High Blood Pressure

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  • 1 Post By SarahMarie
  • 1 Post By SarahMarie

I have never had high blood pressure before, but when I go to the doctor, my blood pressure is almost always high the first time. If they take it again a few minutes later, it will go down to normal levels. I have tried relaxing and using different techniques, but they don't work for me. When I went to the doctor back at 13 weeks, my blood pressure was 132/86. The doctor immediately prescribed me a blood pressure medication. I asked her if I could monitor my blood pressure at home before beginning medication and she reluctantly agreed. I have been taking it every single day since then. Until two weeks ago, it has been around 116 and 70 something for the bottom number so I never started the medication. Around two weeks ago, week 28, it went up to the low-mid 120s and low 80s. It has never gone to the 130s or 90s.

I'm afraid that when I go to the doctor it will be even higher (as usual when I'm in the office) and that she will get onto me and be concerned. Should I be really worried? What is too high? I have not had any other problems, no swelling or protein in urine, so far. I have gained the lower side of healthy amount of weight and do not have gestational diabetes. What are some ways to keep my blood pressure low? I have been trying to reduce stress and get enough sleep (although I am bad about not sleeping enough). I'm sure worrying about everything right now is NOT helping my blood pressure stay low!
  • Up your dietary protein intake. Pregnant women should be eating 80-100 grams of protein daily.
  • Take a BRISK walk every day.
  • Do not let them take your BP until you have been SITTING for a full 5 minutes. Taking it immediately up entering the exam room is not good practice, and they should know that.
  • Make sure your feet are supported for those 5 minutes (not dangling!), and support the arm also.
  • Don't talk or do anything else during the reading.
  • Make sure they are using the correct size BP cuff for you. If your arms are large or muscular, you should be using a large size cuff. Regular size are for people who are at their recommended body weight for height...and that's not usually pregnant women.
If your BP is still high after doing all those things, you really need to take it seriously, because you could end up with pre-eclampsia and you will not be happy about that.
Thanks! I have been trying to take a walk every day or at least most days in the week. I don't overdo it, just enough to get outside and get a little exercise. They do usually want to take my blood pressure right away when I go in to the office. I monitor it every day at home and it's never as high as in the office (like I said, it has been in the 130s and higher 80s there). I think I think too much about it and stress myself out. I am going to make sure to get to my appointment at least 15 minutes early tomorrow so I can sit down and relax before I go back to get blood pressure taken. I might also try listening to music or something to calm down in the waiting room. As far as protein, when I first found out I was pregnant, I was checking to make sure I got 70-90 grams daily. After a while, I quit checking so closely, but I might just evaluate what I eat for a day or two to see that I'm still getting enough.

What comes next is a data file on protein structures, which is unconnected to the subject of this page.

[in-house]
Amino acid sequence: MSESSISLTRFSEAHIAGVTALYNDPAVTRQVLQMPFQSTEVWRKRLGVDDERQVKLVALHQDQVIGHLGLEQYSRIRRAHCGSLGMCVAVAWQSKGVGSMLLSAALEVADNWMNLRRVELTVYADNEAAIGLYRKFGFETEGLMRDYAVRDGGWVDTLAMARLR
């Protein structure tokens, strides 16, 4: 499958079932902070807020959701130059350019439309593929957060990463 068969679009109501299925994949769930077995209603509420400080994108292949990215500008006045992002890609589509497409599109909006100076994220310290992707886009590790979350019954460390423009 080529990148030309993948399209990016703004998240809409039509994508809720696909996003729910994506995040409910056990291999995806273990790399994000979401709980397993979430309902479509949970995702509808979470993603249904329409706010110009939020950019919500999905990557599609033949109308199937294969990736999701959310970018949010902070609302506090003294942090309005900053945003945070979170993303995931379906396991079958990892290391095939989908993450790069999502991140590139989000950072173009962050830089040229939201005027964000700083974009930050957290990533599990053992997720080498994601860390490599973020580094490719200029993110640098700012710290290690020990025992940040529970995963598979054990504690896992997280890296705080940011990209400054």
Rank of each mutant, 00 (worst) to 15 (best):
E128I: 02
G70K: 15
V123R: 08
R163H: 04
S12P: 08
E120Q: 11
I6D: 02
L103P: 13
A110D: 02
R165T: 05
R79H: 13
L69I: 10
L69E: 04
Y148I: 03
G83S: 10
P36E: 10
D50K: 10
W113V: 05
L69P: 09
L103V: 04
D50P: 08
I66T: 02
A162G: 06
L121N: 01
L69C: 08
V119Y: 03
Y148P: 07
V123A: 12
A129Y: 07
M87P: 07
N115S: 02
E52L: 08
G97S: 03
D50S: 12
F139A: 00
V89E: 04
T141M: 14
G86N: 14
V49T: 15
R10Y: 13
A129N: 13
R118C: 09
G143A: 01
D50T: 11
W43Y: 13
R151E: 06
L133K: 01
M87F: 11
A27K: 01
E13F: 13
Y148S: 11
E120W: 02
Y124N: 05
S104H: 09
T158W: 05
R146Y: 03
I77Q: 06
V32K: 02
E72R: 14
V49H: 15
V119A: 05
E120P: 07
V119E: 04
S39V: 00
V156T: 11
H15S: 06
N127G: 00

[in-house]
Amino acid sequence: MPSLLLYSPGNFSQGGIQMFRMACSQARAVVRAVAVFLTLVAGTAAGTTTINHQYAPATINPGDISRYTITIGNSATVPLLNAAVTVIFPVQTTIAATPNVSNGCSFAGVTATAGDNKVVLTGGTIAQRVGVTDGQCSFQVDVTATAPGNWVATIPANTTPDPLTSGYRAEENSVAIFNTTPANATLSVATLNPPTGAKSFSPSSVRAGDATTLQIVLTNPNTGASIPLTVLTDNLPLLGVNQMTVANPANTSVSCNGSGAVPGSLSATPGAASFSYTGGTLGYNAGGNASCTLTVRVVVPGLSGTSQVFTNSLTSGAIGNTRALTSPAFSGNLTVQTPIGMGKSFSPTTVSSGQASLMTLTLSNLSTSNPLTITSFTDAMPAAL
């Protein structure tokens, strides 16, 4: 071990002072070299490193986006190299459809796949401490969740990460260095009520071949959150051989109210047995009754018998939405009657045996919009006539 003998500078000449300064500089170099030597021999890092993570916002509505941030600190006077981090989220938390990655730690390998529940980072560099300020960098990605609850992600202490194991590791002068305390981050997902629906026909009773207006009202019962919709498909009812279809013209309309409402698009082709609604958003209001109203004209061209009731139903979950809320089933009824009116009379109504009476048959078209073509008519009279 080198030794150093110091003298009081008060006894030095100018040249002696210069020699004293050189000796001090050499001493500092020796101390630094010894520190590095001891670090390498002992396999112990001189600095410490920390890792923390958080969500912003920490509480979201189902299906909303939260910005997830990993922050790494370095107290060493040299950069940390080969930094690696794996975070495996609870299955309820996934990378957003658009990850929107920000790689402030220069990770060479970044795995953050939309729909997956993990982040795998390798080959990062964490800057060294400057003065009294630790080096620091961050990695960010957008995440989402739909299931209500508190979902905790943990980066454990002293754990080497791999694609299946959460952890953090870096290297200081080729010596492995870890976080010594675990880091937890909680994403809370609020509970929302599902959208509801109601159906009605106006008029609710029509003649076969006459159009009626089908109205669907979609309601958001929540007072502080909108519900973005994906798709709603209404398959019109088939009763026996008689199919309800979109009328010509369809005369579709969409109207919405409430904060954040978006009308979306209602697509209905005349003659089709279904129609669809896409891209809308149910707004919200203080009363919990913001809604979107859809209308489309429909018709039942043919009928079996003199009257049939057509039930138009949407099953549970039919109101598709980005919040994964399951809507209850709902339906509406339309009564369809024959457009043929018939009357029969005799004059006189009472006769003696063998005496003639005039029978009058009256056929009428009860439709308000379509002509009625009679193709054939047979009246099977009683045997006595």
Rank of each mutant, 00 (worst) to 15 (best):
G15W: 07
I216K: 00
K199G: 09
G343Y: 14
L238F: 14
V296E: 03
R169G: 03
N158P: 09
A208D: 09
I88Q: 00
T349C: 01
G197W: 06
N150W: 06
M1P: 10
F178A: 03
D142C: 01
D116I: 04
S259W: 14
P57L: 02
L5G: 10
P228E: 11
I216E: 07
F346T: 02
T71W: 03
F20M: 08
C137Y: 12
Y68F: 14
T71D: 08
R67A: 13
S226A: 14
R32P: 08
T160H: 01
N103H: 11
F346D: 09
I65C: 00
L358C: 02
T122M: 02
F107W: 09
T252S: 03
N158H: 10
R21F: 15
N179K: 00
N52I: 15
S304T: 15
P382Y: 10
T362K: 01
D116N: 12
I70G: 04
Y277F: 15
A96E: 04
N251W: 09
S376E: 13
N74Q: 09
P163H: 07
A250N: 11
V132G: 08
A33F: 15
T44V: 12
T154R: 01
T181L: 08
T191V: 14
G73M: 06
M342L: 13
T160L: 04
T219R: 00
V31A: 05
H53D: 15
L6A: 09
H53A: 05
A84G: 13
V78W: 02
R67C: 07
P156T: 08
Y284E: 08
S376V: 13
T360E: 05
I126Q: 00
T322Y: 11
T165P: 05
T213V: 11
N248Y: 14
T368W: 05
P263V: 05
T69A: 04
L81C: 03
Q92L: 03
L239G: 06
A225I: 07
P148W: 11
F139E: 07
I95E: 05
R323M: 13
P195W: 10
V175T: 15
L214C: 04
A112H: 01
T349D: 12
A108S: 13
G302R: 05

So I had to reschedule my appointment to today. My blood pressure was a little high, as usual, at the office. She asked to see my records from where I take it daily at home and said those numbers look just fine. I have gained 6 pound total now, which she said was fine and wasn't concerned about at all. Still no swelling or any other problems and the baby's heartbeat is great. However, because of the high numbers in the office, she wants to start doing a weekly non stress test. I read about it and it doesn't sound too bad. I think everything will be fine.

Anyone have any experience with the test? What can you do during the test (can I read or something)?
I developed preeclampsia with my first pregnancy, and even after delivery my blood pressure was still high. I was on meds for 6 weeks and then stopped because it was back down to normal.

The non stress test is basically monitoring your blood pressure, the baby's heartbeat and then recording contractions, too. I think that's all it does. It's pretty boring.